25 Oct. - 4 Nov. PICES-2018 Annual Meeting: Toward Integrated Understanding of Ecosystem Variability in the North Pacific | Yokohama, Japan

31 Oct. – 1 Nov. Fourth Intergovernmental Review Meeting on the Implementation of the Global Programme of Action for the Protection of the Marine Environment from Land-based Activities (GPA) | Bali, Jakarta Raya, Indonesia

26-28 Nov. Sustainable Blue Economy Conference | Nairobi, Kenya

27-30 Nov. The East Asian Seas Congress 2018 | Iloilo City, Philippines

2019

5-9 Jan. Regional Consultative Meeting: Asia Pacific | Pulau Ujong, Island, Singapore

11-15 March Fourth session of the UN Environment Assembly (UNEA-4) | Nairobi, Kenya

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Contact Us

United Nations Environment Programme (UNEP) Northwest Pacific Action Plan (NOWPAP) Regional Coordinating Unit (RCU). Toyama Office:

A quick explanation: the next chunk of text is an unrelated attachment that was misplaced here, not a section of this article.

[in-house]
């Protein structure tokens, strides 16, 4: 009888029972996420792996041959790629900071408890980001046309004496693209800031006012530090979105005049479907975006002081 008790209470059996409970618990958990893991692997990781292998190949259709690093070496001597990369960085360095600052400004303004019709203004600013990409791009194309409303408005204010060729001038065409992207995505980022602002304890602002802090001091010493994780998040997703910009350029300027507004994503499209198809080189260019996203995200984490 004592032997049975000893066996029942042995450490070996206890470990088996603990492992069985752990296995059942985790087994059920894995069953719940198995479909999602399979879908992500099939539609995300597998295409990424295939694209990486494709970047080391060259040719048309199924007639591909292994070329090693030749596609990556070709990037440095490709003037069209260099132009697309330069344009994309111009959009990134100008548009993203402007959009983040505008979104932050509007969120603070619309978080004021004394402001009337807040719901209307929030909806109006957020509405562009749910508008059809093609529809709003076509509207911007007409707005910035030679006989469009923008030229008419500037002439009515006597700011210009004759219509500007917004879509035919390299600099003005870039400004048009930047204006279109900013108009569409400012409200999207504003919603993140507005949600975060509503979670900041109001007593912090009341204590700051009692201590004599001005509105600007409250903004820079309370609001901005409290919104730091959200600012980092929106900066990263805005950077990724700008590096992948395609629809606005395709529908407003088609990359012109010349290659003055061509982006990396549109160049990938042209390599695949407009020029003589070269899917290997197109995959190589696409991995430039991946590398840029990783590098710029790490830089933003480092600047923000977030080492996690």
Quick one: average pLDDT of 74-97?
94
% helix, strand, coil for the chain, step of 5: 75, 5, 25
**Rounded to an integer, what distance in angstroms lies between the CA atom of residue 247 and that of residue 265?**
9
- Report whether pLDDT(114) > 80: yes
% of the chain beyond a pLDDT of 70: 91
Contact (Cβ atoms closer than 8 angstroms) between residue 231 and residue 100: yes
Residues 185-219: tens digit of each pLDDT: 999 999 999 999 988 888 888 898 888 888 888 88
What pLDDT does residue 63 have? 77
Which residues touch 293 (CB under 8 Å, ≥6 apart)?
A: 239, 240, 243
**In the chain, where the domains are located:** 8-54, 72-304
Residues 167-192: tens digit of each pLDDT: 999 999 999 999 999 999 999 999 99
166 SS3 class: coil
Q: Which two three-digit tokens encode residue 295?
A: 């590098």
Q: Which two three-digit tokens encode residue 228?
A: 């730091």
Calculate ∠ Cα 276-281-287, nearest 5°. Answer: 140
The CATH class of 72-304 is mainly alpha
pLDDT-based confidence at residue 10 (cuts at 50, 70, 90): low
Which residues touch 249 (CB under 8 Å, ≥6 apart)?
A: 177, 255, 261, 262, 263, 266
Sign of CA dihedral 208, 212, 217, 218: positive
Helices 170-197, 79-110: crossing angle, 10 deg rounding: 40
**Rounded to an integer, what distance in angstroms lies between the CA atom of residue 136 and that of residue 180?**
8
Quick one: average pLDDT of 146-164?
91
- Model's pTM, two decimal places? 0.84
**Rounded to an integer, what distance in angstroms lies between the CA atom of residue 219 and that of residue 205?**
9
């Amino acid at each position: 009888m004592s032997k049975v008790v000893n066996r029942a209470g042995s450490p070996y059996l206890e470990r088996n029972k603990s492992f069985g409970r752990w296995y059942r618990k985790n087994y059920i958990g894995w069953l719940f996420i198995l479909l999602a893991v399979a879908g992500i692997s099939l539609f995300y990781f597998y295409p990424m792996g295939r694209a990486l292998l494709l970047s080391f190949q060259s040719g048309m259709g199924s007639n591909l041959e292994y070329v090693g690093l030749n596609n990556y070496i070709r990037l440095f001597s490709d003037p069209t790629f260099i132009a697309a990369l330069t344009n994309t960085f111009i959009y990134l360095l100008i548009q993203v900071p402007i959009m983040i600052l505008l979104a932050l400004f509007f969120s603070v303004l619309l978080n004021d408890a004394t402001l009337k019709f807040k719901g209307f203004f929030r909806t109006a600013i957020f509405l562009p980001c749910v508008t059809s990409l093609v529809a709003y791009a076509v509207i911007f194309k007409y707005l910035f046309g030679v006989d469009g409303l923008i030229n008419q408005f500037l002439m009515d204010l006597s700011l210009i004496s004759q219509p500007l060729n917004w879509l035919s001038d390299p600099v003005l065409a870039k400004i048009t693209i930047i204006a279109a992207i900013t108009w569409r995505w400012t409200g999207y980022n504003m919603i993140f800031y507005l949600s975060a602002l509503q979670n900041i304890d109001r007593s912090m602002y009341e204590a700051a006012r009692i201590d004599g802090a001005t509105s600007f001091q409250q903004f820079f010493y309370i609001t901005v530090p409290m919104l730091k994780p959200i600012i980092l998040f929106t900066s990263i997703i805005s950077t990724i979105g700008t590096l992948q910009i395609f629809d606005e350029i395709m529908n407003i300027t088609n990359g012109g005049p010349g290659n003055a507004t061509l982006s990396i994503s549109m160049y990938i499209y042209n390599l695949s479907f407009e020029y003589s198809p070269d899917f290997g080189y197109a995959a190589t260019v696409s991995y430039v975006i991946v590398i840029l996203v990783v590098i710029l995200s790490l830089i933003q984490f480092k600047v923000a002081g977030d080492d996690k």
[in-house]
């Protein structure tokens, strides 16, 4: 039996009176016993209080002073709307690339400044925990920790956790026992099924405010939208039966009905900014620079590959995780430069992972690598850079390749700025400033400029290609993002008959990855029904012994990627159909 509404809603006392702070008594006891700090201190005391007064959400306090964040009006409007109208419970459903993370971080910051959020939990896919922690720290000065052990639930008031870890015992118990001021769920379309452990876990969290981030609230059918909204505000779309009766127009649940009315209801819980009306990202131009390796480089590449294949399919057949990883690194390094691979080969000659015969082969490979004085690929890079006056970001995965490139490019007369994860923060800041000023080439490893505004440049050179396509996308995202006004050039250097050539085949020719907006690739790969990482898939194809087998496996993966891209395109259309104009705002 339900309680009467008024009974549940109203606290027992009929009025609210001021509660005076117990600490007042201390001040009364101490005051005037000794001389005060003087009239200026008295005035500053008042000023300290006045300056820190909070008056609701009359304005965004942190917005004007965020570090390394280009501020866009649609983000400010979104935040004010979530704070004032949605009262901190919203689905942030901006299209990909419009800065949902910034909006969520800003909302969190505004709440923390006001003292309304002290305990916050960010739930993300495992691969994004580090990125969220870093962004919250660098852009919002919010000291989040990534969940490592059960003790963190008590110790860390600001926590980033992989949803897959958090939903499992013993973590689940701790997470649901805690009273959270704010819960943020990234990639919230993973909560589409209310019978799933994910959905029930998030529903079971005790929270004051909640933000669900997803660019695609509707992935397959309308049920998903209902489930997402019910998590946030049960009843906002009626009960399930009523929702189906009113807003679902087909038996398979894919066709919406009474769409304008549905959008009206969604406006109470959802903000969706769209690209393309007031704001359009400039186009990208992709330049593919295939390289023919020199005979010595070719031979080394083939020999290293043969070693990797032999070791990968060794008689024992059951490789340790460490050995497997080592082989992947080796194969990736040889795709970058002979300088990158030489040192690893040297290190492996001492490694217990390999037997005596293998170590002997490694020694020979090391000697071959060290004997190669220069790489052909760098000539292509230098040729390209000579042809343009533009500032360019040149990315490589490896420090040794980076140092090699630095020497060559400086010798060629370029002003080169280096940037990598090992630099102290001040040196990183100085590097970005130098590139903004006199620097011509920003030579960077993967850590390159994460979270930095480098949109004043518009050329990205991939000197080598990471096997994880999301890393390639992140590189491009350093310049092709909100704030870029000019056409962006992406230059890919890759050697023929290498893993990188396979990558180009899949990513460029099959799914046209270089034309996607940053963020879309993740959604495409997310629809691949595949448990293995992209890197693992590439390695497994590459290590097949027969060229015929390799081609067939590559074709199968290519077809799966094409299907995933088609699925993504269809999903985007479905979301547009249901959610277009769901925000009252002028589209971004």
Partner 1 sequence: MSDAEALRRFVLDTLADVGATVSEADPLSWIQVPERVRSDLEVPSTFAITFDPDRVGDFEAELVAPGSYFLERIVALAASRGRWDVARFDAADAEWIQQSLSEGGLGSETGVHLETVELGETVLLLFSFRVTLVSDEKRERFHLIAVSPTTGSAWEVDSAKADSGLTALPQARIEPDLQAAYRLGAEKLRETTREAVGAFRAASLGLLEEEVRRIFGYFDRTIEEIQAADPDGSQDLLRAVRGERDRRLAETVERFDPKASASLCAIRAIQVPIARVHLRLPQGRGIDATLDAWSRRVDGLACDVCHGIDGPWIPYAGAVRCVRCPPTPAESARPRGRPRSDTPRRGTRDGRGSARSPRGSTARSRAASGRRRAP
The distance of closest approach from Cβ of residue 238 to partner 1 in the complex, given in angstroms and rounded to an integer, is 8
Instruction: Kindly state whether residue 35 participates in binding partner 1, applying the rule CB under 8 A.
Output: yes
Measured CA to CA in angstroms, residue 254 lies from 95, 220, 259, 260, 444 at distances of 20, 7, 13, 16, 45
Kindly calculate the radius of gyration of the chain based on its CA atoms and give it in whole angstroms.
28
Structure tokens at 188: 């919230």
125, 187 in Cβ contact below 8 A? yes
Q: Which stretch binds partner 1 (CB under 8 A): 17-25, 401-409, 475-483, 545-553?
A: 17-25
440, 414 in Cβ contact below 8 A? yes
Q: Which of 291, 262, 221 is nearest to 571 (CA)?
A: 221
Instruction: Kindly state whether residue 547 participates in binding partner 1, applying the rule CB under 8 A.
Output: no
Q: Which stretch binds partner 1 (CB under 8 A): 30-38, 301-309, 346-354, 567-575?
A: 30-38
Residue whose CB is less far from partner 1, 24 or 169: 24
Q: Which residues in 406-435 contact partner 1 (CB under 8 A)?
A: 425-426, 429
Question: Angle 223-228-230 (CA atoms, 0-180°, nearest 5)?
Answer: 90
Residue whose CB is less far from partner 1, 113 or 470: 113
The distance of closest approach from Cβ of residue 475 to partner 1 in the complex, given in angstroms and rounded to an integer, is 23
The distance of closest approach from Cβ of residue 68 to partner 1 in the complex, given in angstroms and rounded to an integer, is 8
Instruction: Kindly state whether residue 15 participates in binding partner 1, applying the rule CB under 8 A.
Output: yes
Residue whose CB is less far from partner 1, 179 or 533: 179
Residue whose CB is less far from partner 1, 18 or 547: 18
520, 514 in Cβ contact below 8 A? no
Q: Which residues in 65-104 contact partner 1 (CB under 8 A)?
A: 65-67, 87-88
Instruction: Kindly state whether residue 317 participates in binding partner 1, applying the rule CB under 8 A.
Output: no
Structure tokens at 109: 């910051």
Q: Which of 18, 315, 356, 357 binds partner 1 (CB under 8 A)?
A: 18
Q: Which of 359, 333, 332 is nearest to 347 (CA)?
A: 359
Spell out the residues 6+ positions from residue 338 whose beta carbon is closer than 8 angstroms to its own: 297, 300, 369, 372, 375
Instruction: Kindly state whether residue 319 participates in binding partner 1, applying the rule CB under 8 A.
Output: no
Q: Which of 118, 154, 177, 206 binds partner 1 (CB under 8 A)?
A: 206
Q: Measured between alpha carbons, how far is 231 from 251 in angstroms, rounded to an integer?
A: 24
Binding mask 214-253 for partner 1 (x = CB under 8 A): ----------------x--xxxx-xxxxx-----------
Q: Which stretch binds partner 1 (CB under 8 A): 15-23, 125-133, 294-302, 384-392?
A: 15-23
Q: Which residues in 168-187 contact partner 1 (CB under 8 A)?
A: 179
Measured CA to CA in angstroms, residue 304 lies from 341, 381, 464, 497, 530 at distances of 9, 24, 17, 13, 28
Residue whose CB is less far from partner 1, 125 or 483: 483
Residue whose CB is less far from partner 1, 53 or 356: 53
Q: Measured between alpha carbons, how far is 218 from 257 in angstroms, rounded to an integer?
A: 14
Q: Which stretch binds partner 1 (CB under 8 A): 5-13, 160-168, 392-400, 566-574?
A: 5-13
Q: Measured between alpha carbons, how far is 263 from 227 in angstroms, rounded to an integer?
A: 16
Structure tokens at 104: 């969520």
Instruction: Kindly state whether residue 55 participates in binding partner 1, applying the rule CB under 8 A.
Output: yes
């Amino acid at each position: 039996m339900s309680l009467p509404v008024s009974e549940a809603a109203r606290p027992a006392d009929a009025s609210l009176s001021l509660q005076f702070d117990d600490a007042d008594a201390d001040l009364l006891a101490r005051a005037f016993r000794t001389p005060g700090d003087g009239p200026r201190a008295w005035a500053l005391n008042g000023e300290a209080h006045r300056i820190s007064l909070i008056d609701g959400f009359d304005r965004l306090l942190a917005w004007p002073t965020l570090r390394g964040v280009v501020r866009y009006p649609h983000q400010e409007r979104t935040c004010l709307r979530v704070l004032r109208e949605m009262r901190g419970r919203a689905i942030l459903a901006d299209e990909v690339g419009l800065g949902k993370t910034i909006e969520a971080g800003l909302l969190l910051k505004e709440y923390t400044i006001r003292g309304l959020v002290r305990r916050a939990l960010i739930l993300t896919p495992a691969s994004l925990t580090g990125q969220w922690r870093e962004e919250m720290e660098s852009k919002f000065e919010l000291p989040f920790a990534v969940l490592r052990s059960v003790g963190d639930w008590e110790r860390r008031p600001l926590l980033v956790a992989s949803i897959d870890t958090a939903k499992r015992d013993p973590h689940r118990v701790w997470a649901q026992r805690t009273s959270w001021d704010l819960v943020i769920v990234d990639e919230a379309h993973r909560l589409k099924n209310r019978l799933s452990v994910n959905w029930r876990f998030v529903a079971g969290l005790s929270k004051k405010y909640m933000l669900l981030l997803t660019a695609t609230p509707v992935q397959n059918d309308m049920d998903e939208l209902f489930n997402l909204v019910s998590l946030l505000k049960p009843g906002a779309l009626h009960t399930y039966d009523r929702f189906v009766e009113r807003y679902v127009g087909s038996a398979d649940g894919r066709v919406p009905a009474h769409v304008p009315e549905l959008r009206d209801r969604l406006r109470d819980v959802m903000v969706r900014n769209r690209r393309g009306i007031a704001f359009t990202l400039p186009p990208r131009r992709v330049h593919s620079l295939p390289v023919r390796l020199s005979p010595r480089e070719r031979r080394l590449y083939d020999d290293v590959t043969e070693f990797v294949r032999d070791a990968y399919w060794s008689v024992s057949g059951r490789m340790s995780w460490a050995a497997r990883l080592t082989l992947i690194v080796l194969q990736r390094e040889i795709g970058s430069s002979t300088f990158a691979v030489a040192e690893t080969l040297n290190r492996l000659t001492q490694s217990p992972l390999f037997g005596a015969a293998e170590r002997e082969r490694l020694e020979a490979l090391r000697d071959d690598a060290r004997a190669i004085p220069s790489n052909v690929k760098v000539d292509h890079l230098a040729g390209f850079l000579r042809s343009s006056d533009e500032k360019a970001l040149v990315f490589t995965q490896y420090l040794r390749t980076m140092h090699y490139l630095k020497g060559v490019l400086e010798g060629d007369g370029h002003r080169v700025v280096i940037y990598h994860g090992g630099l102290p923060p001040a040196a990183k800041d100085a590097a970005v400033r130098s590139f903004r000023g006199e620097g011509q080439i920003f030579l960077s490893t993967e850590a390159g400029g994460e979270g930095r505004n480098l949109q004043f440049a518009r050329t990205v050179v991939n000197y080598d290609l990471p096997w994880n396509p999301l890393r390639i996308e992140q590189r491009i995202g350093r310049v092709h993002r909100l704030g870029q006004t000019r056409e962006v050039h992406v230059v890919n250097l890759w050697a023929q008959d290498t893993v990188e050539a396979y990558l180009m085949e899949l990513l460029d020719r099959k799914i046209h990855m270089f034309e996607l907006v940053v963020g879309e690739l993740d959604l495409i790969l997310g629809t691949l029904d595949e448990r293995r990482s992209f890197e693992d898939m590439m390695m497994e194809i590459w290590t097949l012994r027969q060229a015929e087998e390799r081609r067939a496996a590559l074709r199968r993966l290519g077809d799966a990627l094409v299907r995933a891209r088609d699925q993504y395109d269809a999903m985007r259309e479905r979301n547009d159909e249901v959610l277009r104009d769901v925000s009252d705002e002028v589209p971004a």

5-5, Ushijima-shinmachi, Toyama-shi, Toyama, 930-0856, Japan | Tel (+81)-76-444-1611 | Fax (+81)-76-444-2780

United Nations Environment Programme (UNEP) Northwest Pacific Action Plan (NOWPAP) Regional Coordinating Unit (RCU). Busan Office

216 Gijanghaean-ro, Gijang-eup, Gijang-gun, Busan 46083, Republic of Korea | Tel (+82)-51-720-3001 | Fax (+82)-51-720-3009

Contributors

This quarters newsletter was compiled and edited by NOWPAP Environmental Affairs and Communication Intern, Nami Miyazaki.

Credits:

Created with images by Charles Deluvio 🇵🇭🇨🇦 - "Japanese Calendar" • David Clode - "E. T." • LoveToTakePhotos - "sockeye salmon kenai fish wild red nature" • basuka - "guppy fish colorful color water creature underwater"